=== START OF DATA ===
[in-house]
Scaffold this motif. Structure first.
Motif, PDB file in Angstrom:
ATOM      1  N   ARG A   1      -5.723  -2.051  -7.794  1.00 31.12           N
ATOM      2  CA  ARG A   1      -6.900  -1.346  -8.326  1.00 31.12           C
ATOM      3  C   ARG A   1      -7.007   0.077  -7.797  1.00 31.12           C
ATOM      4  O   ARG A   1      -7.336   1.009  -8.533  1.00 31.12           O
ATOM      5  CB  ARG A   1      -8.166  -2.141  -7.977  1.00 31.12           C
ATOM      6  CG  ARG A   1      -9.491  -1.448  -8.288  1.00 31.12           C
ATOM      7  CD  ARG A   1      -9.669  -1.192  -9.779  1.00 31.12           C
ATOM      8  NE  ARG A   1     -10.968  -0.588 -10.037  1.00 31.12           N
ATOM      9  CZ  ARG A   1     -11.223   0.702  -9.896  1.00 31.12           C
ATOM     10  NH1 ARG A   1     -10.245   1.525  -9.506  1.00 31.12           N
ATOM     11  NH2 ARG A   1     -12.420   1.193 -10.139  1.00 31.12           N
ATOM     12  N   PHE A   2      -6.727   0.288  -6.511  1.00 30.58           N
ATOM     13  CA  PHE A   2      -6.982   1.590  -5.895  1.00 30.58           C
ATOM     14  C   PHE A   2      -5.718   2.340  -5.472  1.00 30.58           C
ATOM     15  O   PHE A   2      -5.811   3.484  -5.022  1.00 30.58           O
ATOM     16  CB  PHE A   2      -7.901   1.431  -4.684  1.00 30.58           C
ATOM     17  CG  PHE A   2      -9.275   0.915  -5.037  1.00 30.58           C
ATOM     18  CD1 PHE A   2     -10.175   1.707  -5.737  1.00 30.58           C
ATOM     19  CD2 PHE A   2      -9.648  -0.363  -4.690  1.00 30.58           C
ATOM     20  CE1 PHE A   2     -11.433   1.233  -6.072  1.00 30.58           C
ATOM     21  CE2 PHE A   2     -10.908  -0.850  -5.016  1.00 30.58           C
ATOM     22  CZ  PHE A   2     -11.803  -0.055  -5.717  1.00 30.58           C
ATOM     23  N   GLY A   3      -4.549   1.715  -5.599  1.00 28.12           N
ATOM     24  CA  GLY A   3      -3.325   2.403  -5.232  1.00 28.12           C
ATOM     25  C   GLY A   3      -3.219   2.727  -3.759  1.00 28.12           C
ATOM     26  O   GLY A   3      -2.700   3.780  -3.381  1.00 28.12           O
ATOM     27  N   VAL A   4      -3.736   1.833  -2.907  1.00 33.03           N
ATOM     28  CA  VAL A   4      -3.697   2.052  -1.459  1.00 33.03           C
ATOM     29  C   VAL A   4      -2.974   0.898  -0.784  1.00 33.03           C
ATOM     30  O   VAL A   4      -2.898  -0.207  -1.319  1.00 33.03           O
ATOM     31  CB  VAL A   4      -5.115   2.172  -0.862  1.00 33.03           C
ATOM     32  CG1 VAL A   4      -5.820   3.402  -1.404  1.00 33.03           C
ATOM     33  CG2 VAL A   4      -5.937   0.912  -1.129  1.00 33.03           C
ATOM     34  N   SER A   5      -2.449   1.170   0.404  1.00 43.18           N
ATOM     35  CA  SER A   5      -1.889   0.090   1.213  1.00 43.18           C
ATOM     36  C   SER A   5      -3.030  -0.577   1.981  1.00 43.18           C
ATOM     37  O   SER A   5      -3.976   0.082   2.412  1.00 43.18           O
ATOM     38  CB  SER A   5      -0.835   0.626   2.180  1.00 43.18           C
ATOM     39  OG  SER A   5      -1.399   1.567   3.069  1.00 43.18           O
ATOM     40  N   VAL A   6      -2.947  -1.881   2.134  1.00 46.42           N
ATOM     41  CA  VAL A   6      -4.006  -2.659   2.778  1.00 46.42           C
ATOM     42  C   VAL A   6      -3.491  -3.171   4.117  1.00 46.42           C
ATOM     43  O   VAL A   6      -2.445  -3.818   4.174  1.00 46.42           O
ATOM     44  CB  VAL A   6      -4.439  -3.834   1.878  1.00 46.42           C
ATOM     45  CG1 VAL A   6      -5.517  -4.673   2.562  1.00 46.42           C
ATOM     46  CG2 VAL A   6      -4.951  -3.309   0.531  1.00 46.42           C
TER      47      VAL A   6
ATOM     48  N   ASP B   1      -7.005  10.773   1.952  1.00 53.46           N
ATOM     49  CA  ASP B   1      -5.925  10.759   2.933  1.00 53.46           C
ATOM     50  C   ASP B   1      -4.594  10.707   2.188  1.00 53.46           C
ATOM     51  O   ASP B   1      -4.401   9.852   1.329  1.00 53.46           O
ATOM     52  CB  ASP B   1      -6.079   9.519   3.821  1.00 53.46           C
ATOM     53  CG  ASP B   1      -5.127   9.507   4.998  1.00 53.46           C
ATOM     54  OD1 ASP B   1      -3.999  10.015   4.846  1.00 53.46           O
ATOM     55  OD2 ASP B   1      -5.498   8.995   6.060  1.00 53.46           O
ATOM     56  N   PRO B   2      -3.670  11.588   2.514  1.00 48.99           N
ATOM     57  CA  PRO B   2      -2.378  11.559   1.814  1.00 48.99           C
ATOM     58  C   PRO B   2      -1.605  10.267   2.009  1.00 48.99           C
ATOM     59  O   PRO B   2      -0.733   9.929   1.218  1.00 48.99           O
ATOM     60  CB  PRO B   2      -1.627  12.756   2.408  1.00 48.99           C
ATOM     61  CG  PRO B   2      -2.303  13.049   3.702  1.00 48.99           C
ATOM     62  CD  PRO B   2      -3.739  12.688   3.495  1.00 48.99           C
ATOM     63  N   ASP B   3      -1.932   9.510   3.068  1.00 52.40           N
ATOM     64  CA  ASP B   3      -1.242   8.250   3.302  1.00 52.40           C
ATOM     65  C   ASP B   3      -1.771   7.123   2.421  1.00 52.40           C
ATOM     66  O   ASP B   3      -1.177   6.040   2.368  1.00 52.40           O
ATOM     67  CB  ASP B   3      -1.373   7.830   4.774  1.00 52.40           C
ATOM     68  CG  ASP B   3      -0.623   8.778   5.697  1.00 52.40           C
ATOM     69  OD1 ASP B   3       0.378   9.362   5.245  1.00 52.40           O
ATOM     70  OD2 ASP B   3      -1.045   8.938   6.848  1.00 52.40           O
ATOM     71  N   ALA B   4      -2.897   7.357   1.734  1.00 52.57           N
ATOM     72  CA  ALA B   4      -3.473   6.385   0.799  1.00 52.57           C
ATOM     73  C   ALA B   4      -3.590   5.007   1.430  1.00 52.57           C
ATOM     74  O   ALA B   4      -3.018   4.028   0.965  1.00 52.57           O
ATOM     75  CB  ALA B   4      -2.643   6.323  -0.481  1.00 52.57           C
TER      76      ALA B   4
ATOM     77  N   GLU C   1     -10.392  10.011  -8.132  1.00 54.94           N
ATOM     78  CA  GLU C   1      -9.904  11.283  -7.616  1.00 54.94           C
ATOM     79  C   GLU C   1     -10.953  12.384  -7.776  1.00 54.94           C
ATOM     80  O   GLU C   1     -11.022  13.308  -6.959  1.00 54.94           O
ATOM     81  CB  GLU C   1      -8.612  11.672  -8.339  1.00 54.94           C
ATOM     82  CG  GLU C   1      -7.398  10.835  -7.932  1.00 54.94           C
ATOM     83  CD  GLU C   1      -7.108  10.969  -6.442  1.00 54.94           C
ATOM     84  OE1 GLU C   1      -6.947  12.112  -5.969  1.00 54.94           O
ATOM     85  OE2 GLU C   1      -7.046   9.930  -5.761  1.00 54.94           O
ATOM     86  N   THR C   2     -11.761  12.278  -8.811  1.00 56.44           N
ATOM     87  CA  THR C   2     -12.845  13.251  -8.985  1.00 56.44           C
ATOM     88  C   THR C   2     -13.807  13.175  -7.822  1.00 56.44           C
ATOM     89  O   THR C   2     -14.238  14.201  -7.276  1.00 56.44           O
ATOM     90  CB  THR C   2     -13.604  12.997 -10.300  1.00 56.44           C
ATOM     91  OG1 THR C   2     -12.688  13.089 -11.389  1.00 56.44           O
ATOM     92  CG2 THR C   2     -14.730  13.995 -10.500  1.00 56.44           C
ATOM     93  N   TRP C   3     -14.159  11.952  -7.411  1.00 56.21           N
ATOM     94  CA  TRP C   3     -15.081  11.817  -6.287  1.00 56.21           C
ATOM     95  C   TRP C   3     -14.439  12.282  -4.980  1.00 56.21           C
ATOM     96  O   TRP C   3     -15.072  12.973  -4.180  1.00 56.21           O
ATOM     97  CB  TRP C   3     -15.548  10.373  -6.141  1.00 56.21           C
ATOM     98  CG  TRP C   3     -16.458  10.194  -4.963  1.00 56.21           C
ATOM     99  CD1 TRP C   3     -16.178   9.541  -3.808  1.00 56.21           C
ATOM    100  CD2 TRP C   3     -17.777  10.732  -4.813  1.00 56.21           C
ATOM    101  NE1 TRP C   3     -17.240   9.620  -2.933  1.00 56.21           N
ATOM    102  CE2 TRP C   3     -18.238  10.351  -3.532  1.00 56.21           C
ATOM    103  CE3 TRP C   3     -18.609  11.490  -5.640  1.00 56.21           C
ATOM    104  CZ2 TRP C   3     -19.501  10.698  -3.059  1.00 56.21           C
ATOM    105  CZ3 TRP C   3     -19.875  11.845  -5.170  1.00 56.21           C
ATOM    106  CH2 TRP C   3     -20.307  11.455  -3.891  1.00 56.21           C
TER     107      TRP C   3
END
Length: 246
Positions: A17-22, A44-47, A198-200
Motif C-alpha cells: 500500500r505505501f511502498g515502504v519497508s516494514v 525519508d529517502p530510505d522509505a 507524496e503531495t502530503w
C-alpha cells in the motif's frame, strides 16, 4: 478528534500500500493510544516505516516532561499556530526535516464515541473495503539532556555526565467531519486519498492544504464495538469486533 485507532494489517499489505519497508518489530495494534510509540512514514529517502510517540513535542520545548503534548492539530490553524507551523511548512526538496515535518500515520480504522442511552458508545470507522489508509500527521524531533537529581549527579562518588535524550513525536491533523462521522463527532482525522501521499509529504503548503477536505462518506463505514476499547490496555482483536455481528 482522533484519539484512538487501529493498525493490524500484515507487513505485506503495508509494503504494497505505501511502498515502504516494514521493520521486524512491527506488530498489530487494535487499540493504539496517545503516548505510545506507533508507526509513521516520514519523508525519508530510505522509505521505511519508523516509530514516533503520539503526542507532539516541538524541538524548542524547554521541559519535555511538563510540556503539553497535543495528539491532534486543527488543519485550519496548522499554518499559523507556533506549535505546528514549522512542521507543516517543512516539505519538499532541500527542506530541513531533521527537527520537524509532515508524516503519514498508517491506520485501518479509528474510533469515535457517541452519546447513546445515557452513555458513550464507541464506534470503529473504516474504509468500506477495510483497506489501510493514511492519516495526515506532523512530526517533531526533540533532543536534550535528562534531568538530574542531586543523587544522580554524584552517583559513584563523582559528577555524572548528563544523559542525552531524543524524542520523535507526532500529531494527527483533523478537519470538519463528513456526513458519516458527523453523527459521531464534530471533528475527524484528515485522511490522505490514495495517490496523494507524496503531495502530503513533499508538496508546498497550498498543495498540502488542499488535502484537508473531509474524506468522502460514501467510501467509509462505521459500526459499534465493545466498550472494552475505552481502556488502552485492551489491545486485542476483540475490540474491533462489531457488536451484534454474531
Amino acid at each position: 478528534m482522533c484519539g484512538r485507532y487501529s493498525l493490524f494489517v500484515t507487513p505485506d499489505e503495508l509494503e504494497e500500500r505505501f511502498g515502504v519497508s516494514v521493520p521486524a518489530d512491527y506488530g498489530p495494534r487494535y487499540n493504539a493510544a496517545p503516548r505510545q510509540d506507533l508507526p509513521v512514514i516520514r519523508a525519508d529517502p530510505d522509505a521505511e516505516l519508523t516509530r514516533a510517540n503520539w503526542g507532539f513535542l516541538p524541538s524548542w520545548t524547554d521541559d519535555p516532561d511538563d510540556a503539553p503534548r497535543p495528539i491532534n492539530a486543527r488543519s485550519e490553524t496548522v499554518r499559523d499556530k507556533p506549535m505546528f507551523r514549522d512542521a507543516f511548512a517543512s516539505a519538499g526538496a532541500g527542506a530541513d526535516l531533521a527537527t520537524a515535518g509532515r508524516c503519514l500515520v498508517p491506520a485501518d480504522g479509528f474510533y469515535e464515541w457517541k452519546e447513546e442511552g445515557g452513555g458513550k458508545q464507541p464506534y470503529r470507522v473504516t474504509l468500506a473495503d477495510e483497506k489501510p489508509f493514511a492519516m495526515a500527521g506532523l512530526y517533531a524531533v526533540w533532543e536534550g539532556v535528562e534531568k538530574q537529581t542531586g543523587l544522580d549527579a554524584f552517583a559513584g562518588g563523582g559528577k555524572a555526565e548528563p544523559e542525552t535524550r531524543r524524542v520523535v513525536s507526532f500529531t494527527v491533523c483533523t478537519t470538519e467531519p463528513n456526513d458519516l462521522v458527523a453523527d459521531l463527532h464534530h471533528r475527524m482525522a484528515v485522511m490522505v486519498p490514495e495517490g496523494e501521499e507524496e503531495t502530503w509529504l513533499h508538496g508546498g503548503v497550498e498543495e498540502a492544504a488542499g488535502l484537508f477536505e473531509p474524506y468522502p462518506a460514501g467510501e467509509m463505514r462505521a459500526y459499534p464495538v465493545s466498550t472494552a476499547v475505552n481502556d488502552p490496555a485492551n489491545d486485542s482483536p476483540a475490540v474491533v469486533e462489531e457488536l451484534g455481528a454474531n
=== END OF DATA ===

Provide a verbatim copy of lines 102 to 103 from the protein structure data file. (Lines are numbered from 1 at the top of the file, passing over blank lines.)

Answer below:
ATOM     99  CD1 TRP C   3     -16.178   9.541  -3.808  1.00 56.21           C
ATOM    100  CD2 TRP C   3     -17.777  10.732  -4.813  1.00 56.21           C